In your teams, (or individually if you prefer) decide which paper you wish to work on.
Register your team and paper by logging the title of the selected paper and the name(s) of the reviewer(s) in the hackpad. You can use the following template:
### **Paper:** <Title of the paper reproduced> **Reviewers:** Reviewer 1, Reviewer 2 etc.
Follow any instructions/documentation associated with the papers and try and reproduce the work. As you work through your paper, keep in mind the main points on which feedback to the authors will provided, Access, Reproducibility, Documentation and Reusability (see our participant guidelines for more information). It might help to have a look at the Review form before you begin and keep notes during your review. Feel free to use the event hackpad to record general findings you wish to share with the group.
We’ll come together during the day to discuss progress and troubleshoot any sticking points.
Should you finish reproducing your paper quickly, feel free to explore the work more deeply. For example, you could try and run additional analyses, create new plots or even combine materials with your own or other open materials available on the web!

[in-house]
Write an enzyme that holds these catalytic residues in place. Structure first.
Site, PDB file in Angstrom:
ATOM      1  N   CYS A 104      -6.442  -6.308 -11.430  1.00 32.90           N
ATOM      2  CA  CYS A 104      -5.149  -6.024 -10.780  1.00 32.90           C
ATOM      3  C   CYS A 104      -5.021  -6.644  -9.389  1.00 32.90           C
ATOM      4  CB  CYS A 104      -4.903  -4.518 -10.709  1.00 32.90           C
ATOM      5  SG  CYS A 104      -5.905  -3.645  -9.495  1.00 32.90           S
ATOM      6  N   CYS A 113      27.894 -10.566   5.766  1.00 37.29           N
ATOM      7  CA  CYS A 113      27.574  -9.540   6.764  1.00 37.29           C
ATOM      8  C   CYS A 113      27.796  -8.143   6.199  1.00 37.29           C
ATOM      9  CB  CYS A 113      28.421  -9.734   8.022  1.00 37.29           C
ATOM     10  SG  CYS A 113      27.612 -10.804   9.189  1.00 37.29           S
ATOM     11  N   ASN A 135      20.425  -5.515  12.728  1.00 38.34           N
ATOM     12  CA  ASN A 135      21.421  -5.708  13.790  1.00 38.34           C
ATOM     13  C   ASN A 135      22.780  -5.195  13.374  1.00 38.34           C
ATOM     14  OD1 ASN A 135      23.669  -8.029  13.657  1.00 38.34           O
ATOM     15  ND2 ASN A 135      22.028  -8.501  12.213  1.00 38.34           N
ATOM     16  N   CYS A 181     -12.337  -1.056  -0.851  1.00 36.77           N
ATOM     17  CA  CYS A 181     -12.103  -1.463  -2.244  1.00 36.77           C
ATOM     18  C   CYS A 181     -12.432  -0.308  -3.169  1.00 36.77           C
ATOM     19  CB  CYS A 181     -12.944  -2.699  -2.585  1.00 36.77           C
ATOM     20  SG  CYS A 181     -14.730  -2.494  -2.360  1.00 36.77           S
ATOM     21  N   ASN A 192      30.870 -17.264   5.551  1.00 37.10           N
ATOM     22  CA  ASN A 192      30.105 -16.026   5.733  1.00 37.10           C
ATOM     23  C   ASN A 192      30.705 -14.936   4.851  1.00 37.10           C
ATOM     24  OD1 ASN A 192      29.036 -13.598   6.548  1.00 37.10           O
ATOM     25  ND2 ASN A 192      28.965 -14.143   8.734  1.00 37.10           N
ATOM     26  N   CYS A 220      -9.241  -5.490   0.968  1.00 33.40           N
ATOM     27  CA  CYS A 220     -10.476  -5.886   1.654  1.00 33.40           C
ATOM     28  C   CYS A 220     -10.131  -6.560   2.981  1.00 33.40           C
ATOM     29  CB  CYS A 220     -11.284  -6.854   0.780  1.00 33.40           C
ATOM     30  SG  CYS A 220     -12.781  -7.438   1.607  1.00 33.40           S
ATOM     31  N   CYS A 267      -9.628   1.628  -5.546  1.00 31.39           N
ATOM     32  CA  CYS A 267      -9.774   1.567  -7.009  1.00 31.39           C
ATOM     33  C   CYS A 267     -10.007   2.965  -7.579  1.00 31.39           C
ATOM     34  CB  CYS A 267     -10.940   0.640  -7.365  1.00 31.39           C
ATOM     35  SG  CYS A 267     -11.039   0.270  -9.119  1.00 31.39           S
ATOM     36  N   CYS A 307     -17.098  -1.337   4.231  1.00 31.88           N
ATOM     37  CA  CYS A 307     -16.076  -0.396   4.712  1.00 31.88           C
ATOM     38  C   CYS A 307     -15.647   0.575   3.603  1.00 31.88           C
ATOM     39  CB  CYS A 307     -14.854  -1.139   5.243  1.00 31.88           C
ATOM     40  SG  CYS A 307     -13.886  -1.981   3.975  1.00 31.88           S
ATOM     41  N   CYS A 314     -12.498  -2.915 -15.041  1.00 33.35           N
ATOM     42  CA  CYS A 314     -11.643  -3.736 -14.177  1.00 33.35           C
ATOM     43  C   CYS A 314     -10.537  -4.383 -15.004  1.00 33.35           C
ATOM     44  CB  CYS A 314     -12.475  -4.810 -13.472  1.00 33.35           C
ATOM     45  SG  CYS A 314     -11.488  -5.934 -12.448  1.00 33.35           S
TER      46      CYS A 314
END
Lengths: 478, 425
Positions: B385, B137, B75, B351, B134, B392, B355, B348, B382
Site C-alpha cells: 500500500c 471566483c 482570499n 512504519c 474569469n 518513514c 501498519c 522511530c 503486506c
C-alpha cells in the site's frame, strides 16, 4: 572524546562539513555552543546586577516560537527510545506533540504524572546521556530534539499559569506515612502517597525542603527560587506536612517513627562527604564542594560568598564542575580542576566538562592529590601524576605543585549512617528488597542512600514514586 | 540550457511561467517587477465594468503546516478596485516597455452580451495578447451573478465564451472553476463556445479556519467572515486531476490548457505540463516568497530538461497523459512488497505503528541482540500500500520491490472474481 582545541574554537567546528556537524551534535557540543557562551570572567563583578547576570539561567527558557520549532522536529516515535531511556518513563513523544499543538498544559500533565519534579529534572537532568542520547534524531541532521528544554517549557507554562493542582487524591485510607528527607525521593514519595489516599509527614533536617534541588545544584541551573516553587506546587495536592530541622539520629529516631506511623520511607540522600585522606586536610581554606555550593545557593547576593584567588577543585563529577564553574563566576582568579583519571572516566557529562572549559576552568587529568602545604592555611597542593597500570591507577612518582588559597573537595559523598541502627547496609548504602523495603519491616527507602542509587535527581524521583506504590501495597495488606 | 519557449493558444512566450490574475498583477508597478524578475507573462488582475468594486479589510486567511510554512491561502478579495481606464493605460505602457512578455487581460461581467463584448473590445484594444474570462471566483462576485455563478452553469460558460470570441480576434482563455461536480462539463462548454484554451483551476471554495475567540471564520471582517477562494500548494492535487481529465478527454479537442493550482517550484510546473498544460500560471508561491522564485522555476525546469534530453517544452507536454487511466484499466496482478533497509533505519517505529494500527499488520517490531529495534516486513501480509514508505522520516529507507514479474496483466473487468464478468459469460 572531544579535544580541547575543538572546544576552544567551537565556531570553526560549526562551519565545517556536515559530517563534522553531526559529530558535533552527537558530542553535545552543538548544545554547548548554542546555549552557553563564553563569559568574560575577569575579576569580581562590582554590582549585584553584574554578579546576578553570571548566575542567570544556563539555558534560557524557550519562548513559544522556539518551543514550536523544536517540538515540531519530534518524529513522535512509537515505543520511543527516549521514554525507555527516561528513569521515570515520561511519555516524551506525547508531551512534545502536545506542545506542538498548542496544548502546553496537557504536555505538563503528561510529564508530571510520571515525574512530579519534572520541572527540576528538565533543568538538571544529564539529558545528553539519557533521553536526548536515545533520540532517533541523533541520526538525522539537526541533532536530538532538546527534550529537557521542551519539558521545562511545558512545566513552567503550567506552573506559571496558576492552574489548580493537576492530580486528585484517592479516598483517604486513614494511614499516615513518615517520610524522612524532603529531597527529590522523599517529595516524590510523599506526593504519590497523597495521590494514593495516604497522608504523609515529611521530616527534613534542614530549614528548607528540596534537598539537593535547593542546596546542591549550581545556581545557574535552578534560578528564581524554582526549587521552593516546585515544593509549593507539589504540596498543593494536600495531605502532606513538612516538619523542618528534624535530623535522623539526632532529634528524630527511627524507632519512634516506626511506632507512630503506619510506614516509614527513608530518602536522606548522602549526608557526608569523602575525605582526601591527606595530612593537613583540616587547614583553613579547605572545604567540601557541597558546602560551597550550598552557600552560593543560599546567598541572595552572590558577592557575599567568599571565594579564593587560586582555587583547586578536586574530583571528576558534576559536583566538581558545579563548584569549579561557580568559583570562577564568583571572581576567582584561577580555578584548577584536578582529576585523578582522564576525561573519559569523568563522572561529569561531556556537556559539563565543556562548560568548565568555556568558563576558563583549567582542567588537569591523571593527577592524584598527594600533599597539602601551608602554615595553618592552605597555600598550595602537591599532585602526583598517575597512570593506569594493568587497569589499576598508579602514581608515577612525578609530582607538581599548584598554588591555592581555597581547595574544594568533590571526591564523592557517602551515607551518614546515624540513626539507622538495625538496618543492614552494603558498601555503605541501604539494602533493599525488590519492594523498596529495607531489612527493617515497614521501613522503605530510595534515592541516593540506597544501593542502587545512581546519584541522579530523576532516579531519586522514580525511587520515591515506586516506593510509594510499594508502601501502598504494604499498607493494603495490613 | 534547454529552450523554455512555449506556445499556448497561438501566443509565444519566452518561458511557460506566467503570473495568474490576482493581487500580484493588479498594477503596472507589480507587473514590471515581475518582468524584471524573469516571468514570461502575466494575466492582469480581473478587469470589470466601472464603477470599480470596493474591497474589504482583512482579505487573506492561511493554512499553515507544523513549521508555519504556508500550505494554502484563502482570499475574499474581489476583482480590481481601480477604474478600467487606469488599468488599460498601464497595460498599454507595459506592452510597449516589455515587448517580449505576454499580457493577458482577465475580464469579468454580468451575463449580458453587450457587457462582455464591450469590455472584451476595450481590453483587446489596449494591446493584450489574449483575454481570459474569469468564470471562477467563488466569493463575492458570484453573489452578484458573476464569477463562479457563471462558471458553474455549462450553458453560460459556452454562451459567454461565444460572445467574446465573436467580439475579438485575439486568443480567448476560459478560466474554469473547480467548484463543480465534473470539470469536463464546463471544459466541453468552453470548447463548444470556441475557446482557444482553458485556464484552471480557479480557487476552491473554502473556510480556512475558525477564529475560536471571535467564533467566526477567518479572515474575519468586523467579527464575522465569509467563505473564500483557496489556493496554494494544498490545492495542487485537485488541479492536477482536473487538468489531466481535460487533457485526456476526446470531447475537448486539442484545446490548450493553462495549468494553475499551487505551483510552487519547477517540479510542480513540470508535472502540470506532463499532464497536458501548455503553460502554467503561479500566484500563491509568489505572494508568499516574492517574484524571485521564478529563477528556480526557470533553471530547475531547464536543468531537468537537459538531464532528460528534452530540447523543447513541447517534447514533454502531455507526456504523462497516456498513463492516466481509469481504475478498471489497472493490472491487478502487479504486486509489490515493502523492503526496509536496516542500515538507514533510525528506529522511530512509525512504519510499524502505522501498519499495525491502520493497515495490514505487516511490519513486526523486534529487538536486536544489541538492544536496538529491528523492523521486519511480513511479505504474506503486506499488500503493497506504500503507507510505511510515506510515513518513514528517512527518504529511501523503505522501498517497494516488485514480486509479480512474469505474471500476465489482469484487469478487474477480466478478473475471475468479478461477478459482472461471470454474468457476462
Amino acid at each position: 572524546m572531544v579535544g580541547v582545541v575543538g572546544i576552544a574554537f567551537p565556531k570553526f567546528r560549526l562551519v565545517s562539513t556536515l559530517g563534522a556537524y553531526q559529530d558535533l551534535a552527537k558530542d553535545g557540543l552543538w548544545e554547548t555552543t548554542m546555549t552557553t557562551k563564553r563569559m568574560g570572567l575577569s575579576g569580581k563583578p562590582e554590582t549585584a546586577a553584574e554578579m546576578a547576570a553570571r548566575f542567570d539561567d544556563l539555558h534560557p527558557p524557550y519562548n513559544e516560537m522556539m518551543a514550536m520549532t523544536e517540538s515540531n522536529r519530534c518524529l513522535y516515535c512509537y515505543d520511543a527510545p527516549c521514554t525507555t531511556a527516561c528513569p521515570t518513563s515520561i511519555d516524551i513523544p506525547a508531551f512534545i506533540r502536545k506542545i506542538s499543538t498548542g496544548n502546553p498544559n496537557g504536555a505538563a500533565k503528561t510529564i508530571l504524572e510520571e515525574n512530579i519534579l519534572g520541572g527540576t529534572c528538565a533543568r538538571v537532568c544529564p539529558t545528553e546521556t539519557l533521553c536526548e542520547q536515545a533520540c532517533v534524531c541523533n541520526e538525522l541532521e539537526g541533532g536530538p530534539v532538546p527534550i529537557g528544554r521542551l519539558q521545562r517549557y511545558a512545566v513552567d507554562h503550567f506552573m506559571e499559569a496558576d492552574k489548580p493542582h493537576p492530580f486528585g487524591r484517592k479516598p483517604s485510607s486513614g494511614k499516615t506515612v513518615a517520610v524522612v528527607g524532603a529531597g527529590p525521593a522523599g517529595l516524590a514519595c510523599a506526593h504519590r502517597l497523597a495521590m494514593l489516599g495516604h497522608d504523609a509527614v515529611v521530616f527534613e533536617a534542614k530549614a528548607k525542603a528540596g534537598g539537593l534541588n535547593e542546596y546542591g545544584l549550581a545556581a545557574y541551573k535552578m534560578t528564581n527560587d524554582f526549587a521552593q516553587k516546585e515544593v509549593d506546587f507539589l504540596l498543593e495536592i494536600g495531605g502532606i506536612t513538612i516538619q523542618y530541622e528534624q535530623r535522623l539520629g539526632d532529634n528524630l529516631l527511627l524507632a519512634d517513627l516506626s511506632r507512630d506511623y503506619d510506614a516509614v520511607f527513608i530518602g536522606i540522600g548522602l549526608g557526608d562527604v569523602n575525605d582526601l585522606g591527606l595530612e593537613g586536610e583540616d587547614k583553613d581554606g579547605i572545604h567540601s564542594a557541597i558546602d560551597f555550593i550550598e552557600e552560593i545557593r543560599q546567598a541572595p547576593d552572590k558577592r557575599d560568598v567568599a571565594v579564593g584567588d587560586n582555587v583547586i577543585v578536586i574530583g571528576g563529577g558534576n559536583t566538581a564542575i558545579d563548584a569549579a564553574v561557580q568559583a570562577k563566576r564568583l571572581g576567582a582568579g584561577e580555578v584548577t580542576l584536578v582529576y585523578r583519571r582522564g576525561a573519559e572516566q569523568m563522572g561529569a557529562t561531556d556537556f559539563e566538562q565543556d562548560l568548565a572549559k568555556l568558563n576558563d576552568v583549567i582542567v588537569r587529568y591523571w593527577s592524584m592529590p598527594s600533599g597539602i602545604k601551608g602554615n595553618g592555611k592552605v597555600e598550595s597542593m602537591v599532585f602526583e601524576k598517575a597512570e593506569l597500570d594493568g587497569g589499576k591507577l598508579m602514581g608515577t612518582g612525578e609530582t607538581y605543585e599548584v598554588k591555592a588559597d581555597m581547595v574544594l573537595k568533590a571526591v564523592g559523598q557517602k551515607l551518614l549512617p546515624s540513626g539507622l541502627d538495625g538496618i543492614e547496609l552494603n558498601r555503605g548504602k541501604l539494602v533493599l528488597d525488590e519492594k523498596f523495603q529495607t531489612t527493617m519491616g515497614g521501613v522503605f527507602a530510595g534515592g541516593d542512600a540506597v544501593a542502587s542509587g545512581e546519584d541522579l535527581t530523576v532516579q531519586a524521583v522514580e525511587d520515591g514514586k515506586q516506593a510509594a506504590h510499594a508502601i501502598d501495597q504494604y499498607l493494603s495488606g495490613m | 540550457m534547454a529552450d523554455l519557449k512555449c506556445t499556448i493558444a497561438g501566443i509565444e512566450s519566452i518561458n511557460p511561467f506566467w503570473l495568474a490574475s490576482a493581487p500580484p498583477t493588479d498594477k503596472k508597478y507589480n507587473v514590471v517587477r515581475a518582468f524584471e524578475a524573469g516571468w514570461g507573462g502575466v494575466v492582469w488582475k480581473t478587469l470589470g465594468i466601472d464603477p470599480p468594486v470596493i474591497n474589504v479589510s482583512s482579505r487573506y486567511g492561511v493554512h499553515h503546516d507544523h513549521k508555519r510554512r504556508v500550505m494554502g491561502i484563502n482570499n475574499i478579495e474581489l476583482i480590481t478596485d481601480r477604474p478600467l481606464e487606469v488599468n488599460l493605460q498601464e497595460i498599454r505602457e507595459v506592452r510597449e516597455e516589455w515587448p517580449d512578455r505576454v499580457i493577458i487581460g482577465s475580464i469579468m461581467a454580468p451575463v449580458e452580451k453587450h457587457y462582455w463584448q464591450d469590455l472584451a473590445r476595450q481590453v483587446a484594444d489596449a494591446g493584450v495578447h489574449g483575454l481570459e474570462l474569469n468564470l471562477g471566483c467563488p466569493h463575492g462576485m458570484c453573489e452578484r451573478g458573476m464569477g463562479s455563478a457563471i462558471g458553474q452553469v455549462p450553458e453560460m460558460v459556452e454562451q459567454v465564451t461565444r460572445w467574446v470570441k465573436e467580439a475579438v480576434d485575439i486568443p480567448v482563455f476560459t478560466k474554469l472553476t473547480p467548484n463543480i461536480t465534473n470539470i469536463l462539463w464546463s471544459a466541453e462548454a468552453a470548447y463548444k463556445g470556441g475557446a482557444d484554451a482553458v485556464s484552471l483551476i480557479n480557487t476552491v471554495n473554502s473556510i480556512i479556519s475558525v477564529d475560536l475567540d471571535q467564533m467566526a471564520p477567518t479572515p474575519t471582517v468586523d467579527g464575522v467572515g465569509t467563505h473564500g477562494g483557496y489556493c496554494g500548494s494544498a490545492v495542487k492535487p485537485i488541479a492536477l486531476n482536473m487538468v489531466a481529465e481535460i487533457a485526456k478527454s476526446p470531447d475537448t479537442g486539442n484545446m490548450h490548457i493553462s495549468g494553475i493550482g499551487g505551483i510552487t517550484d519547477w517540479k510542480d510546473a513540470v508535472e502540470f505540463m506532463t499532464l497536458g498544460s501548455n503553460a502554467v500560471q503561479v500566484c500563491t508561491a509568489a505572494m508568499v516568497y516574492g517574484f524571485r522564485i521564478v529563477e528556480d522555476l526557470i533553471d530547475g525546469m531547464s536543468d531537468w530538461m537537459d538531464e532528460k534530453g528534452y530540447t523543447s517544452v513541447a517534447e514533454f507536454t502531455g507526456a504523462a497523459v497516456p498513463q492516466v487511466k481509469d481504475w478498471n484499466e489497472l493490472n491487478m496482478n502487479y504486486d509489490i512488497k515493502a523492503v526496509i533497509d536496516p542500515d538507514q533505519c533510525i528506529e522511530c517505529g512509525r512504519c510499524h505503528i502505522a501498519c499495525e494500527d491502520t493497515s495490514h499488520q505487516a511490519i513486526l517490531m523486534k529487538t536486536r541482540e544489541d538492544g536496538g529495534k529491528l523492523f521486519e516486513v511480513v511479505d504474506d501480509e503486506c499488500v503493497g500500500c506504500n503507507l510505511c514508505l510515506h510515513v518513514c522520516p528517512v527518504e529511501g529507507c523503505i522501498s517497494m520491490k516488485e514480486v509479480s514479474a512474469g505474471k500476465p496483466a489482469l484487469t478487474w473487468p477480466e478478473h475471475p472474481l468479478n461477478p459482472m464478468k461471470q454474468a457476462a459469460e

Should you produce any additional materials relating to your reproduction during the session (e.g. a markdown report, jupyter notebook, issue or pull requets in authors repository), feel free to share it publicly and add any links to such materials to the hackpad.
The most important part of the day is recording our experiences as feedback to the authors. Please complete the make sure to complete a Review feedback form for the paper you've selected, ideally, by the end of the day. The lead reviewer (who will submit the review) and any team members wanting to be associated with it will need to create an account on the Hub.
Please also remember to be kind and constructive. Reproducibility is hard and all authors submitting their papers have been incredibly brave. Feel free to browse any public feedback submissions to get inspiration.
You can use the hackpad to take notes and summarise your experiences.
Feel free to contribute any additional thoughts on our collaborative hackpad. These can help form the basis for a blogpost on the event.
Even though the approach in the paper focuses on a specific measurement (clumped isotopes) and how to optimize which and how many standards we use, I hope that the problem is general enough that insight can translate to any kind of measurement that relies on machine calibration. I've committed to writing a literate program (plain text interspersed with code chunks) to explain what is going on and to make the simulations one step at a time. I really hope that this is understandable to future collaborators and scientists in my field, but I have not had any code review internally and I also didn't receive any feedback on it from the reviewers. I would love to see if what in my mind represents "reproducible code" is actually reproducible, and to learn what I can improve for future projects!